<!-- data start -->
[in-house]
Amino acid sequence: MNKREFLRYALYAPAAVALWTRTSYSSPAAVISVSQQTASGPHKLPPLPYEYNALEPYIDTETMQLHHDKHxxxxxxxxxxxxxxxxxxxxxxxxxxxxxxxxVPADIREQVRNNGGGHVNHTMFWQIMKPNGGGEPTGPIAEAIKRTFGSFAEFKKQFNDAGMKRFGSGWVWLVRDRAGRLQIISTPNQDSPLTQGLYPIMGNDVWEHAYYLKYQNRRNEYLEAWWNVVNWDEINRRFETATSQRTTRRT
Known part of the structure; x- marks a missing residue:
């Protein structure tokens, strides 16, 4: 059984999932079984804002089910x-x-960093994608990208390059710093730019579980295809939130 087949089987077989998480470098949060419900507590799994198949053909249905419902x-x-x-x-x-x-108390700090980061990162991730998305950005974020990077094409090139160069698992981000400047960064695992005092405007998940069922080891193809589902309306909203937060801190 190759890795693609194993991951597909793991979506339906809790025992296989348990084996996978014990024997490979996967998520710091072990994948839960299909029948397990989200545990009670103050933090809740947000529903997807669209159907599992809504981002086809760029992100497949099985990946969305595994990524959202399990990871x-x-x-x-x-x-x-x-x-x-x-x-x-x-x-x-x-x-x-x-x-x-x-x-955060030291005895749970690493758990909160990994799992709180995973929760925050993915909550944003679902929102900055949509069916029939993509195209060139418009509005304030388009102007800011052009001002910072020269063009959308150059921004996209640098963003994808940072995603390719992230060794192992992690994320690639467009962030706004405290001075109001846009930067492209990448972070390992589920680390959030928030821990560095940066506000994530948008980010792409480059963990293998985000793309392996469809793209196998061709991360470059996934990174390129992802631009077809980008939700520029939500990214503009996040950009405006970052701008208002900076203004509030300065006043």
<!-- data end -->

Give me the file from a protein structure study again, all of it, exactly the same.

[in-house]
Amino acid sequence: MNKREFLRYALYAPAAVALWTRTSYSSPAAVISVSQQTASGPHKLPPLPYEYNALEPYIDTETMQLHHDKHxxxxxxxxxxxxxxxxxxxxxxxxxxxxxxxxVPADIREQVRNNGGGHVNHTMFWQIMKPNGGGEPTGPIAEAIKRTFGSFAEFKKQFNDAGMKRFGSGWVWLVRDRAGRLQIISTPNQDSPLTQGLYPIMGNDVWEHAYYLKYQNRRNEYLEAWWNVVNWDEINRRFETATSQRTTRRT
Known part of the structure; x- marks a missing residue:
């Protein structure tokens, strides 16, 4: 059984999932079984804002089910x-x-960093994608990208390059710093730019579980295809939130 087949089987077989998480470098949060419900507590799994198949053909249905419902x-x-x-x-x-x-108390700090980061990162991730998305950005974020990077094409090139160069698992981000400047960064695992005092405007998940069922080891193809589902309306909203937060801190 190759890795693609194993991951597909793991979506339906809790025992296989348990084996996978014990024997490979996967998520710091072990994948839960299909029948397990989200545990009670103050933090809740947000529903997807669209159907599992809504981002086809760029992100497949099985990946969305595994990524959202399990990871x-x-x-x-x-x-x-x-x-x-x-x-x-x-x-x-x-x-x-x-x-x-x-x-955060030291005895749970690493758990909160990994799992709180995973929760925050993915909550944003679902929102900055949509069916029939993509195209060139418009509005304030388009102007800011052009001002910072020269063009959308150059921004996209640098963003994808940072995603390719992230060794192992992690994320690639467009962030706004405290001075109001846009930067492209990448972070390992589920680390959030928030821990560095940066506000994530948008980010792409480059963990293998985000793309392996469809793209196998061709991360470059996934990174390129992802631009077809980008939700520029939500990214503009996040950009405006970052701008208002900076203004509030300065006043």